This morning we got some news that may still be developing, but it appears that President Barack Obama has indicated that the United States will endorse the United Nations Declaration on the Rights of Indigenous Peoples.

The news came to us from the Indian Law Resource Center. Their press release is below, and more news is available online.

Walter R. Echo-Hawk at ASU Law School, Sept. 27, 2010

In recent months, the U.N. Declaration has been discussed at least twice here in Arizona, at two events I attended at the ASU Sandra Day O’Connor College of Law. The programs were hosted by the school’s Indian Legal Program, and they featured Robert Yazzie and Walter Echo-Hawk. You can read about them here and here.

An unaffiliated blog post this morning also talks about the President’s promised endorsement. The post is cautious in assessing what the endorsement will mean. President Obama made the announcement during the White House Tribal Leaders Conference.

The blog indicated the following:

Here is the press release from the Indian Law Resource Center:

FOR IMMEDIATE RELEASE
December 15, 2010

Op-Ed: Declaration sets new agenda for US-Indian relations

Robert T. Coulter
Executive Director, Indian Law Resource Center
 www.indianlaw.org

Today, the United States government at last officially endorsed the UN Declaration on the Rights of Indigenous Peoples and joined the international community in recognizing that American Indians and other indigenous peoples have a permanent right to exist as peoples, nations, cultures, and societies.

The United States is the last of the four countries that voted against the UN Declaration to reverse its position.  This endorsement reflects the worldwide acceptance of indigenous peoples and our governments as a permanent part of the world community and the countries where we live.  The Declaration on the Rights of Indigenous Peoples is the most significant development in international human rights law in decades.  International human rights law now recognizes the rights of indigenous peoples as peoples, including rights of self-determination, property, and culture.

For me, the United States’ endorsement of the UN Declaration marks the culmination of over three decades of hard work by indigenous peoples and other members of the international human rights community.  In 1976, when the Six Nations and I began the work of drafting and proposing a declaration to be adopted by the United Nations, we did not know that our idea would one day be universally accepted and supported first by indigenous peoples and eventually by the countries of the world.  We knew of the terrible inadequacy of legal regimes and the gross violations of indigenous peoples’ human rights in most countries. We turned to international law primarily because of the need to overcome and improve national laws and practices and because of the desire to regain a place for indigenous peoples in the international community.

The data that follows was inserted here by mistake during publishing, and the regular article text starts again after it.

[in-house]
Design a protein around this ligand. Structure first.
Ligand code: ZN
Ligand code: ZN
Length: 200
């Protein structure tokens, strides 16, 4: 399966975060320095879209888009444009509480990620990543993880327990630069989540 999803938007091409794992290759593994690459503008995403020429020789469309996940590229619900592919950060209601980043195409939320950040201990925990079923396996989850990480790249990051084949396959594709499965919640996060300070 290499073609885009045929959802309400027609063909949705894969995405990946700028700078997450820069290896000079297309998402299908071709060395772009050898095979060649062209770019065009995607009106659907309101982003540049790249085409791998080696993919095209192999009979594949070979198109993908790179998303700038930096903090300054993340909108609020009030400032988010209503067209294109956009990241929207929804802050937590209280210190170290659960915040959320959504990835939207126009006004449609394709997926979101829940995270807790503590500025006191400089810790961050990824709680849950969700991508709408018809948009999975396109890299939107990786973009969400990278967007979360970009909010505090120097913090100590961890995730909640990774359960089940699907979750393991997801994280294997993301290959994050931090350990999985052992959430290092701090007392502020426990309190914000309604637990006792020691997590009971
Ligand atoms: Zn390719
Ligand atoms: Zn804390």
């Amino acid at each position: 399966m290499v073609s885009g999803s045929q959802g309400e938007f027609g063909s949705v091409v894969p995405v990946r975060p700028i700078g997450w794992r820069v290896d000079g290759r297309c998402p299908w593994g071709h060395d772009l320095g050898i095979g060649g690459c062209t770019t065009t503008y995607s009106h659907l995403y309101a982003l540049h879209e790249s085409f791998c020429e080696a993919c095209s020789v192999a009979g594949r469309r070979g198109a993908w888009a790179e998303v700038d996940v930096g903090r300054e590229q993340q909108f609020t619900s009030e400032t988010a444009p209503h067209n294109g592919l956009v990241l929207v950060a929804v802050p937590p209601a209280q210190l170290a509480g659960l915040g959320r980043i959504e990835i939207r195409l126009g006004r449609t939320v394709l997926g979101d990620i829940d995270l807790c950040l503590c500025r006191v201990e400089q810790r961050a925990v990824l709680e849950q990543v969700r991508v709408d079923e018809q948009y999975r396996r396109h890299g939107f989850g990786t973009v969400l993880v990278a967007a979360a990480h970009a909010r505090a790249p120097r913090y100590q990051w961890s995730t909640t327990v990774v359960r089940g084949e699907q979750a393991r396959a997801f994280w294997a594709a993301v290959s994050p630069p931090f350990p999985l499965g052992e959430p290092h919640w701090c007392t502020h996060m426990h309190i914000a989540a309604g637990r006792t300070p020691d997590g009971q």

Our work to ensure justice for Indian nations in this country begins in earnest with the United States’ endorsement of the UN Declaration.  To see the promise of the Declaration become a reality, we must continue to fight for laws, policies and relationships that take into account the permanent presence of Indian nations in this country, and throughout the world.

The Declaration sets an agenda for the United States and Indian nations to design a reasonable approach to a progressive realization of the duties and responsibilities in it.  It serves as a guide for consultations among Indian and Alaska Native nations and U.S. governmental departments and agencies to improve the government-to-government relationship among Indian and Alaska Native nations and the United States.

In our work for Indian rights, we can and should use the UN Declaration on the Rights of Indigenous Peoples as a powerful affirmation of our rights.  Only through continued use will its provisions become our reality.  We can use the Declaration to evaluate laws that are now on the books and for laws that may be proposed. Does the law measure up to the standards of the Declaration? Does the law or bill satisfy the requirements of the Declaration? It should. And if it does not, then it should be changed or discarded.